This is another common, more objective error found with people who are newer to creating music, or are at least new to mixing their music. Clipping will usually dilute otherwise a good work as no one wants to hear a song fuzz or cause unwanted, sometimes painful volume "spikes". While I'm no mixer or audio engineer at all, this problem can simply be suppressed by putting a light compression effect on the instruments that are causing problems, and by using a soft limiter on the master channel to remove any other overly loud sounds that could seep in...I might not be entirely correct on how to use these; and of course there is a lot more to compression- but this all I know, and you should atleast take these quick steps to make your work sound more professional and clean.

More on compressors (tutorial by Rucklo):
http://www.newgrounds.com/bbs/topic/71 8886

Another Tutorial (thanks MusicisBliss!)
http://www.dogsonacid.com/showthread.p hp?threadid=507671

4. Abrupt Endings
Doesn't happen that much actually, but it's done enough to be brought to attention. This is certainly the most subjective point in my blog, IMO. When I criticize for abrupt endings I usually am referring to an unresolving chord/note, a sudden finish without a good melodical and/or rhythmical phrasing to leadup into the conclusion, or notes that should be sustained longer to bring out the ending effect. This would be a situation where it doesn't hurt to know a little bit of music theory. For example if you're playing in the key of C, and generally are going with a happy/sad context, you're going to want to end on C or A usually or you will throw off the listener yearning to hear more. Of course there are modes and scale degrees; but importantly try to resolve to the tonality that you've established in your last passage. There is tons of theories and contexts that will go out of the bounds of this blog; but my point is just don't half ass your ending.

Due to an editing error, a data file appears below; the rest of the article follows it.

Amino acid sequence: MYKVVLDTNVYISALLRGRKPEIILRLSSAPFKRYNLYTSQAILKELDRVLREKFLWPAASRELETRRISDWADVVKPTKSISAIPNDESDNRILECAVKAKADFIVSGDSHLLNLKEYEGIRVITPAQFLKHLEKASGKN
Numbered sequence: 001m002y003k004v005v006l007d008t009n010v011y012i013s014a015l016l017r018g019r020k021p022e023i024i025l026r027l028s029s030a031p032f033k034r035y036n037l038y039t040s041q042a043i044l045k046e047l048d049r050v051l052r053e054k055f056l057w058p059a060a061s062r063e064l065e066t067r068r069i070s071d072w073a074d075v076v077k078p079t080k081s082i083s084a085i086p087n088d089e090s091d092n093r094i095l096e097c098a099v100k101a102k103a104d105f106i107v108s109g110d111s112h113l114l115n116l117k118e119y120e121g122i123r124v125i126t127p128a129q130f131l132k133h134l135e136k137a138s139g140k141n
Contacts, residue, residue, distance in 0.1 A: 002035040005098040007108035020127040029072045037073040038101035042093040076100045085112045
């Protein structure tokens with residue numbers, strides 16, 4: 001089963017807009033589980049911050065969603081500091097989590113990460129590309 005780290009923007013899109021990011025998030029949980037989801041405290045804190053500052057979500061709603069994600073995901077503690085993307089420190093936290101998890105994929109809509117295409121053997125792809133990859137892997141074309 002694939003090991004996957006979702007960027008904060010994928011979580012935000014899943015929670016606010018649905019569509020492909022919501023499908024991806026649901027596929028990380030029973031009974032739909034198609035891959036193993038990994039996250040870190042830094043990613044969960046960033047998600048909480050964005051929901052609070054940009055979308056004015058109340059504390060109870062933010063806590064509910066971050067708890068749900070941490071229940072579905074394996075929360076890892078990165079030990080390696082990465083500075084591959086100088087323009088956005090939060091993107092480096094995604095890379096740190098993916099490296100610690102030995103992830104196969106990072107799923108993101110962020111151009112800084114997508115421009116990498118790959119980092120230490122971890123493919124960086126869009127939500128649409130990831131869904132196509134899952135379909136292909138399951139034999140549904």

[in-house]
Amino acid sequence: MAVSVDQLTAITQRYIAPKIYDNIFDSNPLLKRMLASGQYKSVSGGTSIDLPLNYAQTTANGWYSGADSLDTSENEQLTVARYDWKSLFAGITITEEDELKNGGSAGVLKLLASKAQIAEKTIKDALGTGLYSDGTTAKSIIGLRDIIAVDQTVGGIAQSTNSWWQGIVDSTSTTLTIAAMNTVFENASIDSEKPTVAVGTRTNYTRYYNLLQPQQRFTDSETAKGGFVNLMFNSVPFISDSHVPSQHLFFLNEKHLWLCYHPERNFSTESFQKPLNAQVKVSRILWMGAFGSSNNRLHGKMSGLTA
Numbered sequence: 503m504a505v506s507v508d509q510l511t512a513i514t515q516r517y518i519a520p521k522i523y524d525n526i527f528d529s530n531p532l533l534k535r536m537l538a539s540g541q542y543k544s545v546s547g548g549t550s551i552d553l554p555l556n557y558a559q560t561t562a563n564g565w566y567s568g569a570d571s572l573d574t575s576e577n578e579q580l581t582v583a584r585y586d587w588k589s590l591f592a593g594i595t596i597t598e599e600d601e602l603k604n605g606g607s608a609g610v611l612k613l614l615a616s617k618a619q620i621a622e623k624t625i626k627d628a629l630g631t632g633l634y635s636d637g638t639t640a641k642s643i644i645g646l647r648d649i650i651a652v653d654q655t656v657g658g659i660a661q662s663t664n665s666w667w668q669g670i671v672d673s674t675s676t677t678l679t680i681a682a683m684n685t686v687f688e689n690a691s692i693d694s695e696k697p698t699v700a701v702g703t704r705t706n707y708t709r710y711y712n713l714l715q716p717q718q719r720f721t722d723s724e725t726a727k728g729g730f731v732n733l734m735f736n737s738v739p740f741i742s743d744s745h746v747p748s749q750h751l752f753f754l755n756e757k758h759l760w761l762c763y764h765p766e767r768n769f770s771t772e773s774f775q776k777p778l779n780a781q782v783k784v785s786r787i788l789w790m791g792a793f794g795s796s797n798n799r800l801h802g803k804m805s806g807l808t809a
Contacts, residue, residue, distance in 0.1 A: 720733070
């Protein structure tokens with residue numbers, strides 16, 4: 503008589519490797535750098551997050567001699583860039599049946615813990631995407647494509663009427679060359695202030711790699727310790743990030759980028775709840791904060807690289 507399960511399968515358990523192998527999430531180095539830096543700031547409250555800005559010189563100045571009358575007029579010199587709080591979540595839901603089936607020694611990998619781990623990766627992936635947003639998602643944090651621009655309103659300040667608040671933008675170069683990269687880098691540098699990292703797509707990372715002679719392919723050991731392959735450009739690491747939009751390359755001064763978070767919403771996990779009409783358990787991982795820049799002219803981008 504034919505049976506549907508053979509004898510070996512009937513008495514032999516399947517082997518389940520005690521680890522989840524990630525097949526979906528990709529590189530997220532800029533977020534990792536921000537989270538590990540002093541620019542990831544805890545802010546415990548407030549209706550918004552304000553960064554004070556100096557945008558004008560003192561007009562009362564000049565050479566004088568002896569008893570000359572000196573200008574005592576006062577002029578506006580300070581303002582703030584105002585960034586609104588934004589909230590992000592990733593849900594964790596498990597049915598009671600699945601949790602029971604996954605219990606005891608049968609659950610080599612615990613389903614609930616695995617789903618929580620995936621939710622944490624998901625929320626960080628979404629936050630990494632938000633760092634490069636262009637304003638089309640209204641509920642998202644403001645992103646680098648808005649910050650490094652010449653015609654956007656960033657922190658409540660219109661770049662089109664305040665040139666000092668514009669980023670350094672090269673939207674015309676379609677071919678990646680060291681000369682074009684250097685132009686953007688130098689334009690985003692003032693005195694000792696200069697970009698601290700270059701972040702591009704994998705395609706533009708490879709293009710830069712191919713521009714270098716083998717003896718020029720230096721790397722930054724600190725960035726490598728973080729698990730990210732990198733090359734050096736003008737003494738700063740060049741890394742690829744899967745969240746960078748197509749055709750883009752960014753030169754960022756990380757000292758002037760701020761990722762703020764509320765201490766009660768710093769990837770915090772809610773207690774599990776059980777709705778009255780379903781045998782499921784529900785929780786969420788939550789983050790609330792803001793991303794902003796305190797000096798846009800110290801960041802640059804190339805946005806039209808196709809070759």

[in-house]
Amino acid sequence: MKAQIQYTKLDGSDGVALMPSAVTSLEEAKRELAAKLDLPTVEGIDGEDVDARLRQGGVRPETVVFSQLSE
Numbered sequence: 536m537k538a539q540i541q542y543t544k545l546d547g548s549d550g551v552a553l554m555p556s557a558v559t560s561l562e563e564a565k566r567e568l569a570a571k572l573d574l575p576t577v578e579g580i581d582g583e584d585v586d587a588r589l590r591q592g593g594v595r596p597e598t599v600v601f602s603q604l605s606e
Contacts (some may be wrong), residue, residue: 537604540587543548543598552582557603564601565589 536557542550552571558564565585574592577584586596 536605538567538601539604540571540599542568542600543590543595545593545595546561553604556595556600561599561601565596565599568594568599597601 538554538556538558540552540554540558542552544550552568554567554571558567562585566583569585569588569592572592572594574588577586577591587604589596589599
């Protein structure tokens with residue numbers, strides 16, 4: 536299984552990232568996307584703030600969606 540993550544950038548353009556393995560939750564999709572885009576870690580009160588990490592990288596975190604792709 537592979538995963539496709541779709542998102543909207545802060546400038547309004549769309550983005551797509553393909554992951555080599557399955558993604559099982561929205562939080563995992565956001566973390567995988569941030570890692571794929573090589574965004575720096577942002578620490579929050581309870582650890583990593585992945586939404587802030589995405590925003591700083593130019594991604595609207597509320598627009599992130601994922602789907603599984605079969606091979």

5. Equalization/Panning/Dynamics
This is perhaps quite an overlooked effect and like most aspects of music it can take a while to master. I know I personally suck it at it. But EQing is arguably the most important aspect of engineering music. It's also not all based in just using the effects to get the proper room spacing to get all of your instruments to have their own definitive sounds, but using the appropriate selection of samples that will blend more nicely. For example, you will want to EQ your bassline differently from your basskick so you can feel and hear both instead of just one drowning out the other. If you have a bassy, deep pad in the background then it may sound better if you use a kick with higher mids. There are ways to include everything, I wish I knew more to go into specifics. Just look around for tutorials on the web, and for a start- just pay attention to each individual channel, and make sure you can hear all your sounds adequately by adjusting different EQ levels until you can get closer to the sound you want.